I Took a Personal Day and I’m Not Sorry

Monday was a long, but overall happy day. Tuesday, however, was much worse. We’re talking “no-good, very bad day” status. I won’t even go into the details but we’ll just say I left school after a long after school meeting, fuming. I walked to the subway half-furious, half-devastated and entirely exhausted. I did that weird little public half-cry where you wipe tears away before they really drop and try to pretend you’re not crying.

On the way home, I tried to find comfort in anything I could: I’m a good teacher, it’s almost the mid-point in the week, we get a break in two weeks wherein I’ll get to see my family and friends, I love my sweet smiling students so much…but nothing was sticking. Until I offered myself the possibility of a personal day. Not a concrete plan, just the option.


A little backstory: in January, two of my colleagues in the history department had a little meeting without me and discussed an important topic; my continued full supply of personal and sick days. They’d both realized that I’d never taken a day off and thought it was ridiculous. As veteran teachers with 6 and 13 years experience, they are very protective of this first year baby teacher, a fact I’m endlessly grateful for. So it was no surprise when they both came to me separately and then together to convince me to take a day for myself.

They told me that it’s important to take care of yourself. They lectured me about self care and burnout. I laughed and told them I would consider taking a day in March because that’s the death month with no days off. And then Tuesday happened and I hit the end of my rope.


Giving myself permission to call out on the subway gave me so much relief that I just continued thinking about it. Eventually, still undecided, I texted my co-teacher and told him there was a chance I’d be out. I wanted to see his response, since he’d be teaching alone the next day if I wasn’t there. He immediately texted back, telling me I deserve it and I need to take care of myself since it was a hard day. There were many emojis, he was excited, it was very sweet.

So I took a personal day and I still got up at five. I spent the day catching up on lessons and doing my homework. I went to therapy in the afternoon and spent the evening drinking tea and spending time with Boyfriend. By seven that evening I felt good, I felt ready for a 7am-10pm day with work and grad school.

And then de Blasio called a snow day. Excellent timing, de Blasio, excellent timing.


Previous to taking this day off, I’d only taken two days off from work in my life. One for when I was so sick I couldn’t walk without passing out and the other was the day that an ex walked out on me. The idea of taking a personal day just to get my head on straight seemed weak. But my colleagues (and every other veteran teacher I interact with) have taught me just the opposite. Weakness is not listening to yourself, it’s not taking care of yourself. It’s easy to be in the building every day, it’s much harder to be present. And sometimes you have to be absent in order to be present later.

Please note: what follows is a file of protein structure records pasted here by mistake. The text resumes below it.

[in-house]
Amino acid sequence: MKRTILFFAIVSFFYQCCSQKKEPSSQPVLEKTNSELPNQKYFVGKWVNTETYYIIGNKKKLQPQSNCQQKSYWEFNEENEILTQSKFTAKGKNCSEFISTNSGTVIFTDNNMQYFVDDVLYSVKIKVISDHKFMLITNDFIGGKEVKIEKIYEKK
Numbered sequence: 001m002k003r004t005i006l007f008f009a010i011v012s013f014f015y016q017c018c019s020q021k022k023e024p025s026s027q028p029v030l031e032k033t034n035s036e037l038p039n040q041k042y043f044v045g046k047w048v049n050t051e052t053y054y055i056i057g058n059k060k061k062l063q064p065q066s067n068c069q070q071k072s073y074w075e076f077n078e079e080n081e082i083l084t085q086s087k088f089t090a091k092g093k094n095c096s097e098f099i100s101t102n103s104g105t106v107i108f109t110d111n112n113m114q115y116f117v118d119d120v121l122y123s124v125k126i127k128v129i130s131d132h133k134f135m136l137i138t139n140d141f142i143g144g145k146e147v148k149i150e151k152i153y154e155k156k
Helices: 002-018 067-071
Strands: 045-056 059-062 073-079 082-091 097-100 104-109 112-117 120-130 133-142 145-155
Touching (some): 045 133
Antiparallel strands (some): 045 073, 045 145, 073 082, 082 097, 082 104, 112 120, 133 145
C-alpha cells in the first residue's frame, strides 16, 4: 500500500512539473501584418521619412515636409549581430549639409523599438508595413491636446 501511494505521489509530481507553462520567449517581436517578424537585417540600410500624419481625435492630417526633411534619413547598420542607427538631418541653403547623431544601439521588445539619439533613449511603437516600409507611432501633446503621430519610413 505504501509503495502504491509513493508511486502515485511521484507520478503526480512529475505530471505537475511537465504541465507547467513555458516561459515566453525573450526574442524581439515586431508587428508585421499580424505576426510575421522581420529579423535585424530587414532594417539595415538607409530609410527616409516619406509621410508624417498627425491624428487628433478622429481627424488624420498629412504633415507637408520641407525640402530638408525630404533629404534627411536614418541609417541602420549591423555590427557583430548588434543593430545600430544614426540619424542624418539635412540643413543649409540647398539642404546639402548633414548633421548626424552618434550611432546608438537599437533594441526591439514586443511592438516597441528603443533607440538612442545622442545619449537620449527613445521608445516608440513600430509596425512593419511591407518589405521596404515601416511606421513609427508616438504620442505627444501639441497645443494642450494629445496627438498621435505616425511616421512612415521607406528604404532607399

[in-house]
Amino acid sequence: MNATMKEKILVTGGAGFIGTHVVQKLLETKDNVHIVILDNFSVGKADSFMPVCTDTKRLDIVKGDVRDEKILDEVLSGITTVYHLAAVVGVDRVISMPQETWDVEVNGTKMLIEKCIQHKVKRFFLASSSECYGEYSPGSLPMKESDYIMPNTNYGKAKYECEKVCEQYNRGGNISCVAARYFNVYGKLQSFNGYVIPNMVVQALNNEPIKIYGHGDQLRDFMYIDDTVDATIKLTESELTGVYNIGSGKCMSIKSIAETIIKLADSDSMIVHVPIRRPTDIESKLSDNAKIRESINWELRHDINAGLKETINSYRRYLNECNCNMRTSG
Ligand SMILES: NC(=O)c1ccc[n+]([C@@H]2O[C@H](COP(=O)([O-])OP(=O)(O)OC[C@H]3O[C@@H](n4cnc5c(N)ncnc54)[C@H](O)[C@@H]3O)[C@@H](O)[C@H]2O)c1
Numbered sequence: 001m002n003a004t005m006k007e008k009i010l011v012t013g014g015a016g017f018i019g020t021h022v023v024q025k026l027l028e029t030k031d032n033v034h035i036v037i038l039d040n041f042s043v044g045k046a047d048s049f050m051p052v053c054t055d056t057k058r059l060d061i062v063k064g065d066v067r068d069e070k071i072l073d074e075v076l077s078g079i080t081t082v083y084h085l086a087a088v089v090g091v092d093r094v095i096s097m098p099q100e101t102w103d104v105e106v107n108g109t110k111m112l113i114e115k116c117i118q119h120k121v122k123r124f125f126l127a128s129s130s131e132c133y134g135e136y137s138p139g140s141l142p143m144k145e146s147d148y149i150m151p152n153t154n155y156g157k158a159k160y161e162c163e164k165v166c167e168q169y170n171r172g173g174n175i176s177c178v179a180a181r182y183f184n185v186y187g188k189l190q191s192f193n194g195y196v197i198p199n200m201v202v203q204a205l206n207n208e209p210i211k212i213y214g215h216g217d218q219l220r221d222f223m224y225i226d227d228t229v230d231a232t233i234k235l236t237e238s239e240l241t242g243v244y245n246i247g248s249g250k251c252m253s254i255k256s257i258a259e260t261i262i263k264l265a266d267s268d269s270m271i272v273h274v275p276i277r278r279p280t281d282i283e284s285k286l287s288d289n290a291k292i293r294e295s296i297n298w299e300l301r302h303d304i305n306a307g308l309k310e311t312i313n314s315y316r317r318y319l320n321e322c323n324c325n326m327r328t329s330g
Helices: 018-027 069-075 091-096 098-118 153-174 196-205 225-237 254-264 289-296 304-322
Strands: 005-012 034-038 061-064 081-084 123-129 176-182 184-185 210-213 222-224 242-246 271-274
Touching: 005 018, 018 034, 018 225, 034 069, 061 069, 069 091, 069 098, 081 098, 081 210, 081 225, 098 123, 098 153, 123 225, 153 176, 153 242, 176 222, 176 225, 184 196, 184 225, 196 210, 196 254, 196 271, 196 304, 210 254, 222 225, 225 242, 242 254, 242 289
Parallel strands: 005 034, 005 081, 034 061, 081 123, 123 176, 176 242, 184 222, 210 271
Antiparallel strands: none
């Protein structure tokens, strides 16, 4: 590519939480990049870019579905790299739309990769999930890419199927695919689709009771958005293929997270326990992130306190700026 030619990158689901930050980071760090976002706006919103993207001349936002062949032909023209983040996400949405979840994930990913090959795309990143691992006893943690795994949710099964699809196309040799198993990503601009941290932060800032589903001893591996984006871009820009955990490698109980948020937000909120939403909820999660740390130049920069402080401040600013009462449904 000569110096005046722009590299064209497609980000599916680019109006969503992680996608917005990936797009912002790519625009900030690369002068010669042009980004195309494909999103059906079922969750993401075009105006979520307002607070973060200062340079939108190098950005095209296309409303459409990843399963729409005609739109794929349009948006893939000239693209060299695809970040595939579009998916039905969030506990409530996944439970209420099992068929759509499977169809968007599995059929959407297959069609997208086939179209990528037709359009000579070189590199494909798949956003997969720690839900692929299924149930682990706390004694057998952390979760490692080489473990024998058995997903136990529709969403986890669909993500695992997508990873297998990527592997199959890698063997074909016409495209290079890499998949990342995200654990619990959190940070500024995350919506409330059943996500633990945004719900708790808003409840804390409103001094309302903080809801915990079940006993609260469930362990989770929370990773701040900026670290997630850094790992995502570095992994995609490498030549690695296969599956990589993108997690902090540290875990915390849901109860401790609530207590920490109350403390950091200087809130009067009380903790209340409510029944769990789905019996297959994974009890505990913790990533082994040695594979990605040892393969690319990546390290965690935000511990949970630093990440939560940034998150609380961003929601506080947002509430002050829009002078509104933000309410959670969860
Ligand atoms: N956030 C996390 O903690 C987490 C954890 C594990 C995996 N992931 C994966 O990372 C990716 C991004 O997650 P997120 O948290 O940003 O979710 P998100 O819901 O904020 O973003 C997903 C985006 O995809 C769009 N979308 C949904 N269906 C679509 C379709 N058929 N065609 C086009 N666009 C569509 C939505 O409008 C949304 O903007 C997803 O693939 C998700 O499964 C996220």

I refuse to feel guilty about this personal day because it was something I needed to do. I needed a reset and re-focus. And the snow day, well, that was just a bonus.

Best of luck.



8 thoughts on “I Took a Personal Day and I’m Not Sorry

  1. Good for you. I stopped feeling guilty a long time ago for taking personal days (which I lose if I don’t use) or sick days (sometimes for the sake of my mental health). At my last job, I didn’t call out unless I was literally lethargic with the flu. I worked well above my allotted hours. When they cut my (and several others) hours back due to budget cuts, and I was in the middle of a huge creative project, I came in on my day off, with my toddler in tow, and worked for free so I could finish it by the deadline. The result? No meaningful appreciation. I learned then that no one gives a shit one way or the other, and the world won’t end if I’m not there one day, so I might as well use the time to refill my well.

    Liked by 1 person

    1. Absolutely agree, it seems that the only thing that comes from perfect attendance is feeling resentful that no one cares about your perfect attendance. Much better to take a day when necessary instead of working yourself to death. Thank you for reading!

      Liked by 2 people

  2. I understand why people who don’t have paid days off (or even unpaid sick/personal days) in their contract, it’s a luxury that not everyone can afford. However, if you do, it’s okay to take them!! For the longest time, I felt absolutely awful taking a sick day- if I wasn’t there, someone was going to have to cover for me (at least for part of my job). As I worked more, I realised that I was just getting everyone else sick and forcing them to make the same decision of “Do I stay home or go in snotty and gross?”. And personal days are as important- mental health needs to be put at the forefront, and all of us (me included) need to recognise that a personal day off doesn’t mean we are weak! GREAT post!! 🙂

    Liked by 1 person

    1. The whole job without leave thing is most of the reason I’m new to sick and personal days. It’s a huge luxury to be able to take a day without losing a day’s pay. Now that I have them though I’m never going to regret taking them, especially when I really need one. Thank you for reading, glad you enjoyed it!


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